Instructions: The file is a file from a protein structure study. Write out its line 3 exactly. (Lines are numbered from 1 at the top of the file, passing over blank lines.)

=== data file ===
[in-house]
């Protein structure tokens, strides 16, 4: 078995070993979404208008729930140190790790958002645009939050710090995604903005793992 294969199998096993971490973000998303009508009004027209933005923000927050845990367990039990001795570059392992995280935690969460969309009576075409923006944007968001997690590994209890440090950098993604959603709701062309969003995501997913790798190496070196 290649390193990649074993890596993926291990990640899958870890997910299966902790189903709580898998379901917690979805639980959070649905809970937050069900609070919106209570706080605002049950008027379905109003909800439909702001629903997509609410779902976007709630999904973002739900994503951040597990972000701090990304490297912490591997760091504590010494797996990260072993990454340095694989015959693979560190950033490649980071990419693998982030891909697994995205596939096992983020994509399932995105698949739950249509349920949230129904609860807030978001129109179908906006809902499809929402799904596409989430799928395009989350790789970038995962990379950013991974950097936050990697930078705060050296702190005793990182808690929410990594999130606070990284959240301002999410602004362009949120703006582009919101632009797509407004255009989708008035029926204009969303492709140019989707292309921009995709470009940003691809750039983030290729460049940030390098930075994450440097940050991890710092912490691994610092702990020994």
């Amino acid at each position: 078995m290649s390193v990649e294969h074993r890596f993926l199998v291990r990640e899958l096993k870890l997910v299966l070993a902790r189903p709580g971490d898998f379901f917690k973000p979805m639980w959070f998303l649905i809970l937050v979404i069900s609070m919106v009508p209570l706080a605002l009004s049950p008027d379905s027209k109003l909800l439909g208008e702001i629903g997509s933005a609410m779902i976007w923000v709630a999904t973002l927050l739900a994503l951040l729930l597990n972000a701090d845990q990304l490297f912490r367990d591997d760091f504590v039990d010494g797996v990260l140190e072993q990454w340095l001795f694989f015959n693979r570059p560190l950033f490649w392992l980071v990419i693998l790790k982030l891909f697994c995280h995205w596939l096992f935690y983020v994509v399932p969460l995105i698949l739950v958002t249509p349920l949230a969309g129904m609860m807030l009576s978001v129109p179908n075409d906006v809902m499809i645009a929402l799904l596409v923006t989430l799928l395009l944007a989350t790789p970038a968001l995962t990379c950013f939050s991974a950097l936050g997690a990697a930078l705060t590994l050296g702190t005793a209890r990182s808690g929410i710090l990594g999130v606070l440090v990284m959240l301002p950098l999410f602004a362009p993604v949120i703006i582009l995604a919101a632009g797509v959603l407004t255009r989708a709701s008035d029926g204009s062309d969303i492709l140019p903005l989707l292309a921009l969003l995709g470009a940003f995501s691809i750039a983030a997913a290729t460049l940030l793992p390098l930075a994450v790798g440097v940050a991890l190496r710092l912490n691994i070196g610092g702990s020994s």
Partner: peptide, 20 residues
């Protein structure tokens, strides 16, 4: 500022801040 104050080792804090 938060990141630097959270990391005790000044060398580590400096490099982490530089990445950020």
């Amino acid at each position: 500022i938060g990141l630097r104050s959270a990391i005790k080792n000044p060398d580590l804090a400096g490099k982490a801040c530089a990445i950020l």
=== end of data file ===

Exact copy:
């Amino acid at each position: 078995m290649s390193v990649e294969h074993r890596f993926l199998v291990r990640e899958l096993k870890l997910v299966l070993a902790r189903p709580g971490d898998f379901f917690k973000p979805m639980w959070f998303l649905i809970l937050v979404i069900s609070m919106v009508p209570l706080a605002l009004s049950p008027d379905s027209k109003l909800l439909g208008e702001i629903g997509s933005a609410m779902i976007w923000v709630a999904t973002l927050l739900a994503l951040l729930l597990n972000a701090d845990q990304l490297f912490r367990d591997d760091f504590v039990d010494g797996v990260l140190e072993q990454w340095l001795f694989f015959n693979r570059p560190l950033f490649w392992l980071v990419i693998l790790k982030l891909f697994c995280h995205w596939l096992f935690y983020v994509v399932p969460l995105i698949l739950v958002t249509p349920l949230a969309g129904m609860m807030l009576s978001v129109p179908n075409d906006v809902m499809i645009a929402l799904l596409v923006t989430l799928l395009l944007a989350t790789p970038a968001l995962t990379c950013f939050s991974a950097l936050g997690a990697a930078l705060t590994l050296g702190t005793a209890r990182s808690g929410i710090l990594g999130v606070l440090v990284m959240l301002p950098l999410f602004a362009p993604v949120i703006i582009l995604a919101a632009g797509v959603l407004t255009r989708a709701s008035d029926g204009s062309d969303i492709l140019p903005l989707l292309a921009l969003l995709g470009a940003f995501s691809i750039a983030a997913a290729t460049l940030l793992p390098l930075a994450v790798g440097v940050a991890l190496r710092l912490n691994i070196g610092g702990s020994s």